|Fresh from the painters. Still needs decals.|
|Decals are placed - and it looks awfully nice.|
In the past, I've always boxed the frames up and shipped them, but this time I decided to skip the packing and shipping and just make the drive to Newark so I could meet up with Jack in person. That was helpful because I really liked the original color of the Sequoia and wanted get his advice and look at color samples to help us get as close as possible to the original shade. I think we got pretty close to the shade, though the new paint has a more pronounced metallic sparkle than the original, which had just a very fine, subtle metallic to it.
Apart from chipped and scratched paint, the frame was in pretty nice shape as I got it. One thing I wanted to get addressed, though, was the top tube cable guides. There was some rust under them, and even though it wasn't bad enough to make it a repair issue, I asked Jack to remove them. Fact is, those little guides, which were so popular on bikes in the '80s, are total sweat traps. I almost never find old bikes from that era where they don't have rust bubbling up around them. Same goes for the little cable clamps that were once common, if not installed with care. As an alternative, I had him braze on split cable stops to the lower side of the top tube - which I think is an improvement for durability, and also makes cable replacement easier. Some people also feel that brake feel/action is improved slightly by reducing some of the length of housing that the brake cable has to pass through (nevertheless, I don't know that I've ever noticed the difference).
Decals came from VeloCals in California. The originals on the frame were of the "peel-n-stick" vinyl variety, which is the same thing one gets from VeloCals. Rather than have the decals put on at the painters, I opted to install them myself after getting the frame home. There's no real trick to it apart from making sure the surface is super clean, and not handling the decals too much and getting fingerprints in the adhesive. Well, you have to be careful to get them on straight, too.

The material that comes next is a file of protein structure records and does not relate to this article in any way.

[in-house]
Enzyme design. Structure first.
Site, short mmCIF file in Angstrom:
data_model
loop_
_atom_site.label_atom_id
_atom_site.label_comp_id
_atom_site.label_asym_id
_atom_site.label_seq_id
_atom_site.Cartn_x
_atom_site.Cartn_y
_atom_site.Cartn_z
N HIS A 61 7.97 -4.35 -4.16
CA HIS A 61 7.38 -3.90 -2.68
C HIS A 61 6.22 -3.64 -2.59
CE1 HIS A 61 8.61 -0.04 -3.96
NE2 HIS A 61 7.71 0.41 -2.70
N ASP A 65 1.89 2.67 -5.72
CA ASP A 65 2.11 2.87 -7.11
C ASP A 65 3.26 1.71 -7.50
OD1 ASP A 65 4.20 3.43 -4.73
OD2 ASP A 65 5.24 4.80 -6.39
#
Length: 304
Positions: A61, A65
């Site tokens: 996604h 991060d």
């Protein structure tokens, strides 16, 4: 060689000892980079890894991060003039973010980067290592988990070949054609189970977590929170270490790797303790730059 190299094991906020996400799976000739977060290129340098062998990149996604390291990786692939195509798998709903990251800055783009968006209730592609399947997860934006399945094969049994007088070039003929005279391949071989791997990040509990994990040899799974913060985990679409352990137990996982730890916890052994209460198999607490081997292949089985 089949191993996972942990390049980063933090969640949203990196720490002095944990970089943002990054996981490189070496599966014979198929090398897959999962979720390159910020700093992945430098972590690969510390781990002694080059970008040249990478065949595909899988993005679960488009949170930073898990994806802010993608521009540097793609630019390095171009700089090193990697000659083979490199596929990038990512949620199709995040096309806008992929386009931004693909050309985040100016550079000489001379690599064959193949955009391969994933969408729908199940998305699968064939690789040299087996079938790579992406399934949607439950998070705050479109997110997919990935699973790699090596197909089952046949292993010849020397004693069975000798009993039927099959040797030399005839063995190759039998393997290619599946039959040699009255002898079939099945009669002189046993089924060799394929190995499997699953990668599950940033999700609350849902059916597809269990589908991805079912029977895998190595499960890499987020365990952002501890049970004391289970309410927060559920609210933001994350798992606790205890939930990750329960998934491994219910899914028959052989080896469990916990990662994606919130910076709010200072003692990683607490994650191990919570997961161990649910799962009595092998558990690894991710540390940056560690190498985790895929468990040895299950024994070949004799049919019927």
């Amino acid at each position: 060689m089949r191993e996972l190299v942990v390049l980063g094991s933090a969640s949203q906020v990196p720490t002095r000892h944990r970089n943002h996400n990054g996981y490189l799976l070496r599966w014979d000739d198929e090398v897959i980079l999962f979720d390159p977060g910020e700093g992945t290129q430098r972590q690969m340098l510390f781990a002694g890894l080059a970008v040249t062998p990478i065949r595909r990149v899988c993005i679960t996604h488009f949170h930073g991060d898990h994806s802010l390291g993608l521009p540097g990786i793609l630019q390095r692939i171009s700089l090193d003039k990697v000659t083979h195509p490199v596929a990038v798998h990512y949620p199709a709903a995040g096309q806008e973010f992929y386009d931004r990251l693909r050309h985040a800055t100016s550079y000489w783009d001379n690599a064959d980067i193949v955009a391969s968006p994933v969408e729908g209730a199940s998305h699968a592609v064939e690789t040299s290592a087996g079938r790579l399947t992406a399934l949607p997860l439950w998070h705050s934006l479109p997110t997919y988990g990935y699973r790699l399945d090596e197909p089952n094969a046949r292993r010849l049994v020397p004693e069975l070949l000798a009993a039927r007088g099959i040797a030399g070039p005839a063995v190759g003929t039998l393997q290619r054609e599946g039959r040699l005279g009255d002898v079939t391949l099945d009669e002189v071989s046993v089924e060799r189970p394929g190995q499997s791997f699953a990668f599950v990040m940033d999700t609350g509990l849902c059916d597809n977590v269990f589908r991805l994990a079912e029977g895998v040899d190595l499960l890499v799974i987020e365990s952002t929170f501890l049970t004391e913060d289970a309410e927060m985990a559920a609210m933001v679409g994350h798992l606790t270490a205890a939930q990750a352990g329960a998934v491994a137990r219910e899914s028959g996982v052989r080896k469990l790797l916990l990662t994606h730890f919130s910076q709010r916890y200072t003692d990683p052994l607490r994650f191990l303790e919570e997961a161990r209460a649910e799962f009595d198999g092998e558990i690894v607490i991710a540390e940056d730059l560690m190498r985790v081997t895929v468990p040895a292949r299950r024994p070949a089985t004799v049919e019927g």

One thing I find interesting about the graphics that Specialized was using in this generation of bike frames is that they are exactly the opposite of what one finds in bike graphics today - or maybe any day. First of all, the main logo on the downtube is the model name "Sequoia," while the brand "Specialized" is in tiny font and barely noticeable. Typically (especially today), the brand name is like a billboard on the downtube, visible from half a mile away, in addition to more branding and logos on top tubes, seat tubes, and sometimes even the forks and stays. On these early '80s Specialized bikes, the graphics overall are minimally tasteful. Just a name on each side of the downtube, and a small "S" logo on the headtube.
That's what I can show for right now. There will be more, so stay tuned.